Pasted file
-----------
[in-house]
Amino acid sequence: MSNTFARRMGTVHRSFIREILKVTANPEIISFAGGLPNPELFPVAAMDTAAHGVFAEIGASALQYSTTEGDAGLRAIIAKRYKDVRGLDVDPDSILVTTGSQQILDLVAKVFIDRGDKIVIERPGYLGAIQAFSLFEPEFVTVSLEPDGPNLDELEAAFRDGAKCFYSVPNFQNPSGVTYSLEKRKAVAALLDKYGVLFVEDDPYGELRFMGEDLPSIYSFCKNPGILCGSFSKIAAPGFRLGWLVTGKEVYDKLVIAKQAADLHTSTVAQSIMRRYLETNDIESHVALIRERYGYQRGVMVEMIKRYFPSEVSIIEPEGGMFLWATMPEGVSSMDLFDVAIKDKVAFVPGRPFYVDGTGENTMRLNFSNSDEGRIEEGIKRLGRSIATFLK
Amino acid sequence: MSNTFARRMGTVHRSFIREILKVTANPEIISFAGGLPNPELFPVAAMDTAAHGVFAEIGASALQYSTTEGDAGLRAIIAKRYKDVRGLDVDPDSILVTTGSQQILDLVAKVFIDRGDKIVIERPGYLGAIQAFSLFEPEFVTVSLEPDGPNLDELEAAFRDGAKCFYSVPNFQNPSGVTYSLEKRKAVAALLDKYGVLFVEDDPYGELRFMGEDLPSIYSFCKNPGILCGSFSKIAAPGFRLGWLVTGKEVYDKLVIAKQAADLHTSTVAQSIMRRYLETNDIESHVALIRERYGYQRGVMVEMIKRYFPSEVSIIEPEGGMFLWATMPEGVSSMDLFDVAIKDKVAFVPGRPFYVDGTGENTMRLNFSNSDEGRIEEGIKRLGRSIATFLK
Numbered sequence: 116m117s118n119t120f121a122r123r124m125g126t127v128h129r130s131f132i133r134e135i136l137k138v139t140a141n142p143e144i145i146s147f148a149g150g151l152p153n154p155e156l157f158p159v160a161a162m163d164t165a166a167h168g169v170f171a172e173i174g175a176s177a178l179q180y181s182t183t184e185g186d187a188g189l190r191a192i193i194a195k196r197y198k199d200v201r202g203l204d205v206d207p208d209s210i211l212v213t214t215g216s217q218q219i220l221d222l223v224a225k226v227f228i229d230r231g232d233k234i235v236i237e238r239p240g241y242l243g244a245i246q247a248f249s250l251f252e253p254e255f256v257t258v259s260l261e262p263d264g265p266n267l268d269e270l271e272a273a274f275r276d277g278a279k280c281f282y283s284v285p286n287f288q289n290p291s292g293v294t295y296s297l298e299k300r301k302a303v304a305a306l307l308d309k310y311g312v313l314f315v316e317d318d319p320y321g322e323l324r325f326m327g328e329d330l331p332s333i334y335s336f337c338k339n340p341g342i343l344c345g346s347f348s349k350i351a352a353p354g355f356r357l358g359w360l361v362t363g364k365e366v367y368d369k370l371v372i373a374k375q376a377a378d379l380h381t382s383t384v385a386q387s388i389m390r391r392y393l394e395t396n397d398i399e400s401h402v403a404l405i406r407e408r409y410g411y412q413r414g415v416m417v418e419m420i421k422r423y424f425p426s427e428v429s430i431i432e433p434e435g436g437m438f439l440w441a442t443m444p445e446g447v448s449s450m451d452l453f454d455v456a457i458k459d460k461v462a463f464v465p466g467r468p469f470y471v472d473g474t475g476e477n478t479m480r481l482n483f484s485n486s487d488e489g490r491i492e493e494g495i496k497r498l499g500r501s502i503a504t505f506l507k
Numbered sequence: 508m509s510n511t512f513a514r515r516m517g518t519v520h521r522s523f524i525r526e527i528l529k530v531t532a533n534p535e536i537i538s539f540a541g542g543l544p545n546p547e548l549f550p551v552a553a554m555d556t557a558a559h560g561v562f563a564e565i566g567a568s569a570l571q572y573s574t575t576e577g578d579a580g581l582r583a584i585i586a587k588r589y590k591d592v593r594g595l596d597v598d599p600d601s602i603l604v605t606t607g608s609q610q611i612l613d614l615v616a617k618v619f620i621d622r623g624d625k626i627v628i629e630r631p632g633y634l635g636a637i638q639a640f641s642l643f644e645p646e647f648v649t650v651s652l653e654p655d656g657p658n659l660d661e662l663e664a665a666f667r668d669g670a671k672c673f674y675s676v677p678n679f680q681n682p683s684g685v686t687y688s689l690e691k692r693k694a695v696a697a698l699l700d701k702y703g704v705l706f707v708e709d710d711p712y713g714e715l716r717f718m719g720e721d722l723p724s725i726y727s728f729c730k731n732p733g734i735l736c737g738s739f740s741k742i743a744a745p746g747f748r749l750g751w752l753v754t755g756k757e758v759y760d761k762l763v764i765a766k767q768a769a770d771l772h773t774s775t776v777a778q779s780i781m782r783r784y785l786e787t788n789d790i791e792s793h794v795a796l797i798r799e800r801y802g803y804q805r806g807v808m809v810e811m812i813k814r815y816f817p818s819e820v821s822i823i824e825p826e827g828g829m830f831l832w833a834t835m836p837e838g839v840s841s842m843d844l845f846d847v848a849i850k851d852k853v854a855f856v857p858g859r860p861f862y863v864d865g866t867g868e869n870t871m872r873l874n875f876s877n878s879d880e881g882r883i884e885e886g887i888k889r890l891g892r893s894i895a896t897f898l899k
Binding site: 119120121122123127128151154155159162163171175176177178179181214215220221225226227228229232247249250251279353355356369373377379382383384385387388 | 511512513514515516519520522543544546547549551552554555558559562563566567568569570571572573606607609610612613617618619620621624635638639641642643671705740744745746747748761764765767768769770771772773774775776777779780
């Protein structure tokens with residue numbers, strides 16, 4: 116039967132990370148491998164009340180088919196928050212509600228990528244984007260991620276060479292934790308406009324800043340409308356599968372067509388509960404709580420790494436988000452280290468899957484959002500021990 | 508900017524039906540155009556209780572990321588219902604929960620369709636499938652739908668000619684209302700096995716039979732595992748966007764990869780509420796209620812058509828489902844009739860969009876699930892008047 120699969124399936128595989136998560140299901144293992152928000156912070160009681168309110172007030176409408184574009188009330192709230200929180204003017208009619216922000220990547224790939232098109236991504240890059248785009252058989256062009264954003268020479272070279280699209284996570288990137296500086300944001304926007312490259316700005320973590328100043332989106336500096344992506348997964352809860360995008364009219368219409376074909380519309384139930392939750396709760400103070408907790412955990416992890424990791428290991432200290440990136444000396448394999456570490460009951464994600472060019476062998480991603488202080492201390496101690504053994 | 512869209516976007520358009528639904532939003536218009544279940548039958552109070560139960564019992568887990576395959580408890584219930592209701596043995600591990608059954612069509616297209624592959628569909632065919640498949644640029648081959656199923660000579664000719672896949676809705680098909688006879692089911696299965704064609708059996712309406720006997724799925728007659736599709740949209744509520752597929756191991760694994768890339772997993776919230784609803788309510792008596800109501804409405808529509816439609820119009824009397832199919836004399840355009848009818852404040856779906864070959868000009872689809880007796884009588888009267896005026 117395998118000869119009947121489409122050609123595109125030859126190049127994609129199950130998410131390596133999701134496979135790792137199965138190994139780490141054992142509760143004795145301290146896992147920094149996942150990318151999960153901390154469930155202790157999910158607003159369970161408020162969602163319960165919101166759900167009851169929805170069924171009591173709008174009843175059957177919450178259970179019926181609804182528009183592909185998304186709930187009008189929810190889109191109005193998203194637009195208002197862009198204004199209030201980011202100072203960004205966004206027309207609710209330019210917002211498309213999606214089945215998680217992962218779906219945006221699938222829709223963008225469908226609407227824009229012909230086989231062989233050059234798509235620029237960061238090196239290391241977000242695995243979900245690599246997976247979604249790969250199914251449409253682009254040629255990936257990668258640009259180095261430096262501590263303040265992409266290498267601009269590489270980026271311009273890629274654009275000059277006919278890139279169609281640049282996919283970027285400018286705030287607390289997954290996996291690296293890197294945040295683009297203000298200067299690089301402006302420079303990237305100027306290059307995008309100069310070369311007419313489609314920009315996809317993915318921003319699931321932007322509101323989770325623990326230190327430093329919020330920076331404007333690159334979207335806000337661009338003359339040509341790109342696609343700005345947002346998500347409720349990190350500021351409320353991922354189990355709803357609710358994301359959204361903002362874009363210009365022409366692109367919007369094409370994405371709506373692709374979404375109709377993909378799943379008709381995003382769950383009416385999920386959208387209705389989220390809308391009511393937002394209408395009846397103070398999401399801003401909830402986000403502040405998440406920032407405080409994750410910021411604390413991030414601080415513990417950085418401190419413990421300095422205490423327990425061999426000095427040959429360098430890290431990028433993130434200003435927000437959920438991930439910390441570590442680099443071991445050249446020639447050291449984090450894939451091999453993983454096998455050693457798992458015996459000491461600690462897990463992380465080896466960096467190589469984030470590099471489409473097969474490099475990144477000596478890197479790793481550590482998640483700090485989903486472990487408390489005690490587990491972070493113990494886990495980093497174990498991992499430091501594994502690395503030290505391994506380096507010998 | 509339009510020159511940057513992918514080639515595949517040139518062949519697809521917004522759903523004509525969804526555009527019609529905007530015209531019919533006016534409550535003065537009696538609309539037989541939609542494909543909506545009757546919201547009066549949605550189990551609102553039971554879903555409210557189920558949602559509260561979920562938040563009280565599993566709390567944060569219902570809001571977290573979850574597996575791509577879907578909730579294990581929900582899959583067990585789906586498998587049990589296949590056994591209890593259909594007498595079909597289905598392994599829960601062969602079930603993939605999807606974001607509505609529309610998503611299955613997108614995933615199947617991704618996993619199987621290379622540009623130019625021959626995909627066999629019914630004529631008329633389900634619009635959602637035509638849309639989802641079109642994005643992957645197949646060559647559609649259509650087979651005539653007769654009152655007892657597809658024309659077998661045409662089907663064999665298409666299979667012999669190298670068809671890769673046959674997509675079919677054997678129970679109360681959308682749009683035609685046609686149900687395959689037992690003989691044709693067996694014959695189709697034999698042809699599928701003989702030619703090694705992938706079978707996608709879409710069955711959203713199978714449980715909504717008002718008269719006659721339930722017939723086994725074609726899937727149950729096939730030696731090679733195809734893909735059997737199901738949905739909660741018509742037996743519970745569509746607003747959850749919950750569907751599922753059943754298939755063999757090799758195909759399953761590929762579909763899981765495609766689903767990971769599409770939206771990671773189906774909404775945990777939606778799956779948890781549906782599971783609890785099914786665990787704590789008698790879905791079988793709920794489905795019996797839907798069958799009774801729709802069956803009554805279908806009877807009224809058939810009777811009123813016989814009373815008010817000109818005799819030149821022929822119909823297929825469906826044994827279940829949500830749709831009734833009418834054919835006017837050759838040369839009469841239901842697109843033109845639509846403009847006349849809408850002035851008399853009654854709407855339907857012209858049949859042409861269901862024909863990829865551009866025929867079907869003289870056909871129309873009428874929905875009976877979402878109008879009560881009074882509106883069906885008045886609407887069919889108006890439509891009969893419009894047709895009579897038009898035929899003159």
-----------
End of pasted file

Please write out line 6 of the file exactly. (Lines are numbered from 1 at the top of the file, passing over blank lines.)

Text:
Binding site: 119120121122123127128151154155159162163171175176177178179181214215220221225226227228229232247249250251279353355356369373377379382383384385387388 | 511512513514515516519520522543544546547549551552554555558559562563566567568569570571572573606607609610612613617618619620621624635638639641642643671705740744745746747748761764765767768769770771772773774775776777779780